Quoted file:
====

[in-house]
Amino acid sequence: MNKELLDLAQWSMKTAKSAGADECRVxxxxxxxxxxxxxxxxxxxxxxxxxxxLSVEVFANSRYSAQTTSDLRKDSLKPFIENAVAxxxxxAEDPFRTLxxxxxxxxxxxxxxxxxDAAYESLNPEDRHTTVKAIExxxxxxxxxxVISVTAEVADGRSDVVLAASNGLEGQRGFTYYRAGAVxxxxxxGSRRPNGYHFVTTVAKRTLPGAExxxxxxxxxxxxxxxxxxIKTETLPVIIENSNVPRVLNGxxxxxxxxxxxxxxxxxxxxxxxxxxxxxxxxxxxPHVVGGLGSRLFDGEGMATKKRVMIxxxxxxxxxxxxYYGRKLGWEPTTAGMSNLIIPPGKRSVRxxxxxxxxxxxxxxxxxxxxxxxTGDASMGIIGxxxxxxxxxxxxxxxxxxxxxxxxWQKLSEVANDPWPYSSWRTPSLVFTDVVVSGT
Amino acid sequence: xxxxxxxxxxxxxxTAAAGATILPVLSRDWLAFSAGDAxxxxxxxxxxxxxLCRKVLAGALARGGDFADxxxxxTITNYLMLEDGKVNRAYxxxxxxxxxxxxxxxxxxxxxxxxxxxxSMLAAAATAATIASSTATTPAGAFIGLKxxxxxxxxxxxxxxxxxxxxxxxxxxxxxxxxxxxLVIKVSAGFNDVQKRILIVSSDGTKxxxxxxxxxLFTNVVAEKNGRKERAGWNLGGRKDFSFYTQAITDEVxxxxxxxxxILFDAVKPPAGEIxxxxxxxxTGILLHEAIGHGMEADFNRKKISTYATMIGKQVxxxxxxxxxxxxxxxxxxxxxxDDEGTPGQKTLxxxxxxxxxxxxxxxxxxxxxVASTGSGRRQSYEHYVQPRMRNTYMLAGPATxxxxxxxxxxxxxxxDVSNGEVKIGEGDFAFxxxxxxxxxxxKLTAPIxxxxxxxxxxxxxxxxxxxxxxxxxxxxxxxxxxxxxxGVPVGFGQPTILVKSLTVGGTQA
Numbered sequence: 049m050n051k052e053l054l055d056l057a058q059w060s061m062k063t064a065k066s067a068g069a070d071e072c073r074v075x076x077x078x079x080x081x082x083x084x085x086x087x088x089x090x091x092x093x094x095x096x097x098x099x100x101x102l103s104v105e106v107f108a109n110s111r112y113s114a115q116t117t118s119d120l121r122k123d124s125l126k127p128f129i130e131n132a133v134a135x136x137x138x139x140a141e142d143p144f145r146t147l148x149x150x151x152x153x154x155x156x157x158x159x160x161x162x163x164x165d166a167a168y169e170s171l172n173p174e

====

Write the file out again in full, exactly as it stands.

[in-house]
Amino acid sequence: MNKELLDLAQWSMKTAKSAGADECRVxxxxxxxxxxxxxxxxxxxxxxxxxxxLSVEVFANSRYSAQTTSDLRKDSLKPFIENAVAxxxxxAEDPFRTLxxxxxxxxxxxxxxxxxDAAYESLNPEDRHTTVKAIExxxxxxxxxxVISVTAEVADGRSDVVLAASNGLEGQRGFTYYRAGAVxxxxxxGSRRPNGYHFVTTVAKRTLPGAExxxxxxxxxxxxxxxxxxIKTETLPVIIENSNVPRVLNGxxxxxxxxxxxxxxxxxxxxxxxxxxxxxxxxxxxPHVVGGLGSRLFDGEGMATKKRVMIxxxxxxxxxxxxYYGRKLGWEPTTAGMSNLIIPPGKRSVRxxxxxxxxxxxxxxxxxxxxxxxTGDASMGIIGxxxxxxxxxxxxxxxxxxxxxxxxWQKLSEVANDPWPYSSWRTPSLVFTDVVVSGT
Amino acid sequence: xxxxxxxxxxxxxxTAAAGATILPVLSRDWLAFSAGDAxxxxxxxxxxxxxLCRKVLAGALARGGDFADxxxxxTITNYLMLEDGKVNRAYxxxxxxxxxxxxxxxxxxxxxxxxxxxxSMLAAAATAATIASSTATTPAGAFIGLKxxxxxxxxxxxxxxxxxxxxxxxxxxxxxxxxxxxLVIKVSAGFNDVQKRILIVSSDGTKxxxxxxxxxLFTNVVAEKNGRKERAGWNLGGRKDFSFYTQAITDEVxxxxxxxxxILFDAVKPPAGEIxxxxxxxxTGILLHEAIGHGMEADFNRKKISTYATMIGKQVxxxxxxxxxxxxxxxxxxxxxxDDEGTPGQKTLxxxxxxxxxxxxxxxxxxxxxVASTGSGRRQSYEHYVQPRMRNTYMLAGPATxxxxxxxxxxxxxxxDVSNGEVKIGEGDFAFxxxxxxxxxxxKLTAPIxxxxxxxxxxxxxxxxxxxxxxxxxxxxxxxxxxxxxxGVPVGFGQPTILVKSLTVGGTQA
Numbered sequence: 049m050n051k052e053l054l055d056l057a058q059w060s061m062k063t064a065k066s067a068g069a070d071e072c073r074v075x076x077x078x079x080x081x082x083x084x085x086x087x088x089x090x091x092x093x094x095x096x097x098x099x100x101x102l103s104v105e106v107f108a109n110s111r112y113s114a115q116t117t118s119d120l121r122k123d124s125l126k127p128f129i130e131n132a133v134a135x136x137x138x139x140a141e142d143p144f145r146t147l148x149x150x151x152x153x154x155x156x157x158x159x160x161x162x163x164x165d166a167a168y169e170s171l172n173p174e